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The Natural History Museum announces Wild Crimes, a new podcast series exploring the illegal wildlife trade

The Natural History Museum is thrilled to announce its new ten-part podcast series, Wild Crimes, launching on Thursday July 1, 2021

A twist on the scintillatingly popular true crime genre, Wild Crimes will explore the shocking and sinister world of the illegal wildlife trade, one of the biggest yet lesser-known criminal trades in the world. 

Every day, all over the world, animals and plants are poached, packaged and traded across countries and continents to satisfy human greed and consumerism. From the ivory trade which pushed elephants to the brink of extinction, to critically endangered eels stuffed into suitcases and caged chameleons at the heart of the exotic pet trade, millions of animals are suffering at the hands of organised, criminal gangs.

Yet it isn’t just animals that fall victim to wildlife crime. With biodiversity loss crashing at an alarming rate and the demands of human consumption ever-increasing, our exploitation of the natural world is escalating the risk of future pandemics and running the planet’s natural resources dry. Meanwhile vulnerable local communities remain at risk of falling foul to these crimes. With few financial alternatives, many turn to the illegal wildlife trade to support their families. 

Join our presenters, evolutionary biologist Dr Tori Herridge and science communicator Dr Khalil Thirlaway as they guide you through this sensational series exploring some of the most lucrative and deadly wildlife crimes in the world today, unpicking their origins, and asking what can be done to stop them.

“When you walk with a pangolin you walk with a unicorn”

Episode one looks at the world’s most trafficked mammal, the pangolin. Pangolins have existed for 50 million years – but could die out in our lifetimes. Hear from researchers from the Museum and experts on the ground in South Africa who dedicate their lives to tracking down the perpetrators and restoring trust to the local communities. Episode two explores reptile trading in Tanzania, a country which has had a ban on all wildlife exports since 2016, yet from which private collectors all over the world buy chameleons, snakes and geckos, keeping them as pets thousands of miles from their natural habitats.

Episodes one and two will be available from Thursday 1 July, episode 3 which focuses on glass eels, will drop one week later on Thursday 8 July. From then one episode will land every Thursday until the end of August. All episodes will be free to listen to via and to download via Spotify, Google Podcasts, Apple Podcasts and wherever else you access your podcasts.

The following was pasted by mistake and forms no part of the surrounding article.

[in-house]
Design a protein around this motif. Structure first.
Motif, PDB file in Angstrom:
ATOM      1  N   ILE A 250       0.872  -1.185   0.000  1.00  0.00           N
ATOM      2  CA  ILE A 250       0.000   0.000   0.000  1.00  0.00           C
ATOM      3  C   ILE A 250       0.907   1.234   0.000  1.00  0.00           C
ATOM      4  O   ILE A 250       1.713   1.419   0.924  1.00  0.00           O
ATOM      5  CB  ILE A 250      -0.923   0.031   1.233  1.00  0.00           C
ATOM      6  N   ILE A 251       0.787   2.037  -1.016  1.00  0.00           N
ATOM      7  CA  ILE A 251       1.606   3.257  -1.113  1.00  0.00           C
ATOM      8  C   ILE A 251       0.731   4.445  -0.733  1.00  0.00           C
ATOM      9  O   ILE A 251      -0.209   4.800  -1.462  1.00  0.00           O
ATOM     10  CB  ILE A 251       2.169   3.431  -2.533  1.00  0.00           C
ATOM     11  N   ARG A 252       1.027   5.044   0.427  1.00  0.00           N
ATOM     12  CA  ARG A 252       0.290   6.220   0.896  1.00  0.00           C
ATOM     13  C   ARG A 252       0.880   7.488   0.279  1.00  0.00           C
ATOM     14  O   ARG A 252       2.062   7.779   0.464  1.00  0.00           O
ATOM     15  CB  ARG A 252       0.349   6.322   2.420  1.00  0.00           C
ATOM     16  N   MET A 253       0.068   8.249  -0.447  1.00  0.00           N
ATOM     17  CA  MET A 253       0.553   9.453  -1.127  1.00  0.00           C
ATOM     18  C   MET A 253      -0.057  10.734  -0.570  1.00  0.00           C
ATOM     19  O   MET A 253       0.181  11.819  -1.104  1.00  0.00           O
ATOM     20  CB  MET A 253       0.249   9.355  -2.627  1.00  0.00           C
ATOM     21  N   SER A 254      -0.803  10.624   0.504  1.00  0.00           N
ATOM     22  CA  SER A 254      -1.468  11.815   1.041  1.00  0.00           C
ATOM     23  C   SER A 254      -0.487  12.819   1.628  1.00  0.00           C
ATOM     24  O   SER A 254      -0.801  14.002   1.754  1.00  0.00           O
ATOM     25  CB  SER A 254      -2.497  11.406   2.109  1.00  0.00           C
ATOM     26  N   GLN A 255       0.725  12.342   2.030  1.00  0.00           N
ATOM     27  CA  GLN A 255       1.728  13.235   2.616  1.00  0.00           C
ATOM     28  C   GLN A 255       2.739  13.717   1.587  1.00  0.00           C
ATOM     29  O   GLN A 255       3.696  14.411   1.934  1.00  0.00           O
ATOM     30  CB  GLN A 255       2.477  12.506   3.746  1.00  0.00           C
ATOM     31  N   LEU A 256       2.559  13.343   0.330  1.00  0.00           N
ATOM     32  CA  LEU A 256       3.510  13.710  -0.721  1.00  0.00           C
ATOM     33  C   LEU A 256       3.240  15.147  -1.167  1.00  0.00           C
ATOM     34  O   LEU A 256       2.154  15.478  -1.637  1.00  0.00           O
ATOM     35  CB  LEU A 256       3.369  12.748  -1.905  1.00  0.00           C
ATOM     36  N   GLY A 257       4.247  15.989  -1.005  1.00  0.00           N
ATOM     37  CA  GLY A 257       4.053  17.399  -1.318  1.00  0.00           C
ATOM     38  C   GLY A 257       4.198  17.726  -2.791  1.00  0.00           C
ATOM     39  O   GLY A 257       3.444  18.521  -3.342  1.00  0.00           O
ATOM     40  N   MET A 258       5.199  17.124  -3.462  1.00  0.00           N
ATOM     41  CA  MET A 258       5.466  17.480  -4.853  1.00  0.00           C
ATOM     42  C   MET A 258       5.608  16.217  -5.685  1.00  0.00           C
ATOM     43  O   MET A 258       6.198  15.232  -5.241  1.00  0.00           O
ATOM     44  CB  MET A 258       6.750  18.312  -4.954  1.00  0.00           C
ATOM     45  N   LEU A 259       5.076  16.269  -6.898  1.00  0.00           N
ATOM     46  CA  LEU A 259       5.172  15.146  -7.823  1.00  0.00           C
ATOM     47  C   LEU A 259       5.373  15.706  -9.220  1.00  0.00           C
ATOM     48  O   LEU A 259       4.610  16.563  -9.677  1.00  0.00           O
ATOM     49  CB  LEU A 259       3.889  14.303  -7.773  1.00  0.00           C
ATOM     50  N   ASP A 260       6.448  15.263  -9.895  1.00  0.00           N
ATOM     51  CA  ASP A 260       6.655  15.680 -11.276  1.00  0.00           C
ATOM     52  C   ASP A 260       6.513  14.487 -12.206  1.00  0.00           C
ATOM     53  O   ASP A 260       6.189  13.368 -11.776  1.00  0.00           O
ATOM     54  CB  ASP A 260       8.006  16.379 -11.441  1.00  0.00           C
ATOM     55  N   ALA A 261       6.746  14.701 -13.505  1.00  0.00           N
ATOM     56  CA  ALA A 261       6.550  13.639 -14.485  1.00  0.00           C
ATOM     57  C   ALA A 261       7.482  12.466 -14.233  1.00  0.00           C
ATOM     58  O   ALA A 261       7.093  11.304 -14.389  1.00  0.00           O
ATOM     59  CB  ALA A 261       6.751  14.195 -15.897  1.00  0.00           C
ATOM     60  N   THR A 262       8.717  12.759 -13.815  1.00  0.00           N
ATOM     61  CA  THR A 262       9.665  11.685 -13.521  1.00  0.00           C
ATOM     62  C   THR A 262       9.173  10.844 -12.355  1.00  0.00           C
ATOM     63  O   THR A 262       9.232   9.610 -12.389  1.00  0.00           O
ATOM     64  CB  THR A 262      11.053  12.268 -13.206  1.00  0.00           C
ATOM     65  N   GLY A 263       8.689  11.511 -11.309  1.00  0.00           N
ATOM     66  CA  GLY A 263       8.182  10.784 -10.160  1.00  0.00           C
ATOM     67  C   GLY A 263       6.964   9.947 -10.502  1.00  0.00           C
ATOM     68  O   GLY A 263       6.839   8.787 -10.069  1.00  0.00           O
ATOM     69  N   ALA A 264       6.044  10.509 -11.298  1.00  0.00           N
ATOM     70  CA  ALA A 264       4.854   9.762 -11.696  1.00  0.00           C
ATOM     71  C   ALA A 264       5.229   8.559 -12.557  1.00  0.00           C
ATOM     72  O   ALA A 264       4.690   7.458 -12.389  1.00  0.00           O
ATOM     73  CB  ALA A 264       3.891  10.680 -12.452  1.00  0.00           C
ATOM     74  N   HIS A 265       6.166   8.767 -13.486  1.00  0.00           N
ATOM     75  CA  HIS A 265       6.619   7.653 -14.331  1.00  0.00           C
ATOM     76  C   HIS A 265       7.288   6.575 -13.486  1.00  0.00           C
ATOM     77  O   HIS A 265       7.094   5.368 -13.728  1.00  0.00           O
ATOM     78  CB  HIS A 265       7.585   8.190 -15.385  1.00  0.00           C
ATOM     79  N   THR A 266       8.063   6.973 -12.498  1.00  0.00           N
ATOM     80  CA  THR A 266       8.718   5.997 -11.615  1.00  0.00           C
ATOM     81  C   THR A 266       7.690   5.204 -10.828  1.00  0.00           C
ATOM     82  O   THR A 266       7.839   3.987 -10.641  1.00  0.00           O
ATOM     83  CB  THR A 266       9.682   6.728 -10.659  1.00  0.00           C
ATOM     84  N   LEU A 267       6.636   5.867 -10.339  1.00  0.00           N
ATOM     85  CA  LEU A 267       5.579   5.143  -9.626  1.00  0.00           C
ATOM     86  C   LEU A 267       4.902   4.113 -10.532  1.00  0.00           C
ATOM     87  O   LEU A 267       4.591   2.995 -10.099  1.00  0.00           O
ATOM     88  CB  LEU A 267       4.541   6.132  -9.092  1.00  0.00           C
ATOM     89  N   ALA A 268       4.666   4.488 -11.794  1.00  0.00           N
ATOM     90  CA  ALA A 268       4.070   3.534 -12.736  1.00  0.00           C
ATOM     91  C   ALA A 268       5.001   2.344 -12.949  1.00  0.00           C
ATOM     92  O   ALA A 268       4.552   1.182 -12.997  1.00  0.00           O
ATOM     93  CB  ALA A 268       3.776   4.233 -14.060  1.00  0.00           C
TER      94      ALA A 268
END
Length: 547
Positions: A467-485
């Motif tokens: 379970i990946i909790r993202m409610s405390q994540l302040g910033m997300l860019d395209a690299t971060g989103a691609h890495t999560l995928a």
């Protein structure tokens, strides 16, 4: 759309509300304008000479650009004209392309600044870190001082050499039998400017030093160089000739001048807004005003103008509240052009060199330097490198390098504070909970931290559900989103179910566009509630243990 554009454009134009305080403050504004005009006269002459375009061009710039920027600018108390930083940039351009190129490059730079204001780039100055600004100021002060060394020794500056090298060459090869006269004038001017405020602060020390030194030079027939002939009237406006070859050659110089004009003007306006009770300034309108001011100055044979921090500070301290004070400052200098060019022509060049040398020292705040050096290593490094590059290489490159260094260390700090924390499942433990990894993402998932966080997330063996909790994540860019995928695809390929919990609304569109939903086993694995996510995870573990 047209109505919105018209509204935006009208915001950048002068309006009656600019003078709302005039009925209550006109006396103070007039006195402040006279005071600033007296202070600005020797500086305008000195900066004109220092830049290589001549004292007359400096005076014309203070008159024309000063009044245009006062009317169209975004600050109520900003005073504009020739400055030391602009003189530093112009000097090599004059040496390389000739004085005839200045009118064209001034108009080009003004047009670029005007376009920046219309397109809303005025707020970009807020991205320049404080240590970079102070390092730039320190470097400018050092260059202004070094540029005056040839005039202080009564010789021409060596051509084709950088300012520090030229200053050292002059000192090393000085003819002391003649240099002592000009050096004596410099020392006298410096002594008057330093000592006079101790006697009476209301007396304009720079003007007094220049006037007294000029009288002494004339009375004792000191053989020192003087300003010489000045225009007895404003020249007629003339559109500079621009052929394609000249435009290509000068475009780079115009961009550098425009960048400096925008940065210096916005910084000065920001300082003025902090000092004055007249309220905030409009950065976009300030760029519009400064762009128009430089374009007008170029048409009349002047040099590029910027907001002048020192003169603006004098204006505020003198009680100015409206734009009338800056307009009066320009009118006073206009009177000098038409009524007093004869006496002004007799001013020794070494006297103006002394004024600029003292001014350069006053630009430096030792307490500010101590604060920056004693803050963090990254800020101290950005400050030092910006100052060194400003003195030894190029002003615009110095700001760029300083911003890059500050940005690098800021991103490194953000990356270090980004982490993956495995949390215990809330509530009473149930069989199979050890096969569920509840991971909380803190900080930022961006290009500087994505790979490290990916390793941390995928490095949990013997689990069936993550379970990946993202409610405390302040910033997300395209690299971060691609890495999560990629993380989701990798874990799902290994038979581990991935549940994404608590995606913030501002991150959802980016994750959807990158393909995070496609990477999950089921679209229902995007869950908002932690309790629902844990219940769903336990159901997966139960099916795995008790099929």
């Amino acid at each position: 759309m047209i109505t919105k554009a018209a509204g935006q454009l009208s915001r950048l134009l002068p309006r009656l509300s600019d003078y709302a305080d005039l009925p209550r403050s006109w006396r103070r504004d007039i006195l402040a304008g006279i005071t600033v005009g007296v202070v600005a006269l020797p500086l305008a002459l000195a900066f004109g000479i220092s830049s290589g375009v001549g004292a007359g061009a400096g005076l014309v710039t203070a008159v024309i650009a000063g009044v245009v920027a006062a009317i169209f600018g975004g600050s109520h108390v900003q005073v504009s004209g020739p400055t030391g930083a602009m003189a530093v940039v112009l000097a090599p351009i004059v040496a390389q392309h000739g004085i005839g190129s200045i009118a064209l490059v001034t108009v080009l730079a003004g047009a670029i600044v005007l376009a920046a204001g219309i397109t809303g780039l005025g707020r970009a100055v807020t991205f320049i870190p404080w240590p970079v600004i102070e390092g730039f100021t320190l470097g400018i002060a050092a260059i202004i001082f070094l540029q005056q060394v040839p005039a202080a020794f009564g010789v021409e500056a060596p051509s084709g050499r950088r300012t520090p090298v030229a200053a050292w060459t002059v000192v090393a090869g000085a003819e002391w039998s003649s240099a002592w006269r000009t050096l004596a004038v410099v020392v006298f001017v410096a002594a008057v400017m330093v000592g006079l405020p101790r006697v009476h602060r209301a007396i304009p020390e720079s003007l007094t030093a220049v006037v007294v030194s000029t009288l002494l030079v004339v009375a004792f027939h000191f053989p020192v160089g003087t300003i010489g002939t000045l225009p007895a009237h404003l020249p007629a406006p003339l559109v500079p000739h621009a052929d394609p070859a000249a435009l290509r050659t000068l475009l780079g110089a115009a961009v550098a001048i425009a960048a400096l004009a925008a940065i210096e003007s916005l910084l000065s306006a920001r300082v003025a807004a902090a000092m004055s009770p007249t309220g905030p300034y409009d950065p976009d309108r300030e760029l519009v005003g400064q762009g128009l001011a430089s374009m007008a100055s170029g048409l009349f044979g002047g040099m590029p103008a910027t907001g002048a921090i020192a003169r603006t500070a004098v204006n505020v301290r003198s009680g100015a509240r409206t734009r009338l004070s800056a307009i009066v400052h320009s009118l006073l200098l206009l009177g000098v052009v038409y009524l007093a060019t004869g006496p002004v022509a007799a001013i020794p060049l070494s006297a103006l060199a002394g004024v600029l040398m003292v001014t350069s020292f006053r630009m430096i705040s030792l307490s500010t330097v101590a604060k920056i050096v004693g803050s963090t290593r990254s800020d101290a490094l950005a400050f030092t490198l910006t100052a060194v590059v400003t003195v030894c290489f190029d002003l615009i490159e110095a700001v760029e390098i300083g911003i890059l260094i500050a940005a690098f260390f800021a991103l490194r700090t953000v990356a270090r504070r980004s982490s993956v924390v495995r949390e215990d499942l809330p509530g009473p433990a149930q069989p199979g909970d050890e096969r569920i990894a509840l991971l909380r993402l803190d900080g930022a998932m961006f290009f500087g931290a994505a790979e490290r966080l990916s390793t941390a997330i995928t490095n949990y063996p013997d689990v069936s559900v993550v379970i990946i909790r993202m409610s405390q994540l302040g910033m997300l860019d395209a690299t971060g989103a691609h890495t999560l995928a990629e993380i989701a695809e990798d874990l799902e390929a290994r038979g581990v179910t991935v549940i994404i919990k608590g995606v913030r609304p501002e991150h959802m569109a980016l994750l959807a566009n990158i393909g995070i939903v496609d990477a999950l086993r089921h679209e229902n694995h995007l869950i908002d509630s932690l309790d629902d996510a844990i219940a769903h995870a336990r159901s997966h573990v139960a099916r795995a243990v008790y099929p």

Full schedule:

Thursday 1 July:  Episode 1 - Pangolins: the world's most trafficked mammal
Episode 2 - Chameleons: from jungle to pet shop

Thursday 8 July:  
Episode 3 - Europe's biggest wildlife crime: eel smuggling

Thursday 15 July:  Episode 4 - A mammoth task: halting the ivory trade

Thursday 22 July:  Episode 5 - Black market orchids

Thursday 29 July:  Episode 6 - Dinosaur theft: the most expensive fossils in the world

Thursday 5 August: Episode 7: UK wildlife crime: raptor persecution

Thursday 12 August: Episode 8 - Bushmeat crossing borders

Thursday 19 August: Episode 9 - Rhinos, dungbeetles and botflies

Thursday 26 August: Episode 10 - What can we do about wildlife crime?


Notes to editors

Please note that links will not be live until the embargo lifts on Wednesday 16 June, 1700 BST.

Media Pack: Images, trailer and further assets can be accessed here.

Natural History Museum Media and PR team
Tel: +44799690151

The Natural History Museum is both a world-leading science research centre and the most-visited natural history museum in Europe. With a vision of a future in which both people and the planet thrive, it is uniquely positioned to be a powerful champion for balancing humanity’s needs with those of the natural world.

It is custodian of one of the world’s most important scientific collections comprising over 80 million specimens. The scale of this collection enables researchers from all over the world to document how species have and continue to respond to environmental changes - which is vital in helping predict what might happen in the future and informing future policies and plans to help the planet.

The Museum’s 300 scientists continue to represent one of the largest groups in the world studying and enabling research into every aspect of the natural world. Their science is contributing critical data to help the global fight to save the future of the planet from the major threats of climate change and biodiversity loss through to finding solutions such as the sustainable extraction of natural resources.

The Museum uses its enormous global reach and influence to meet its mission to create advocates for the planet - to inform, inspire and empower everyone to make a difference for nature. We welcome over five million visitors each year; our digital output reaches hundreds of thousands of people in over 200 countries each month and our touring exhibitions have been seen by around 30 million people in the last 10 years.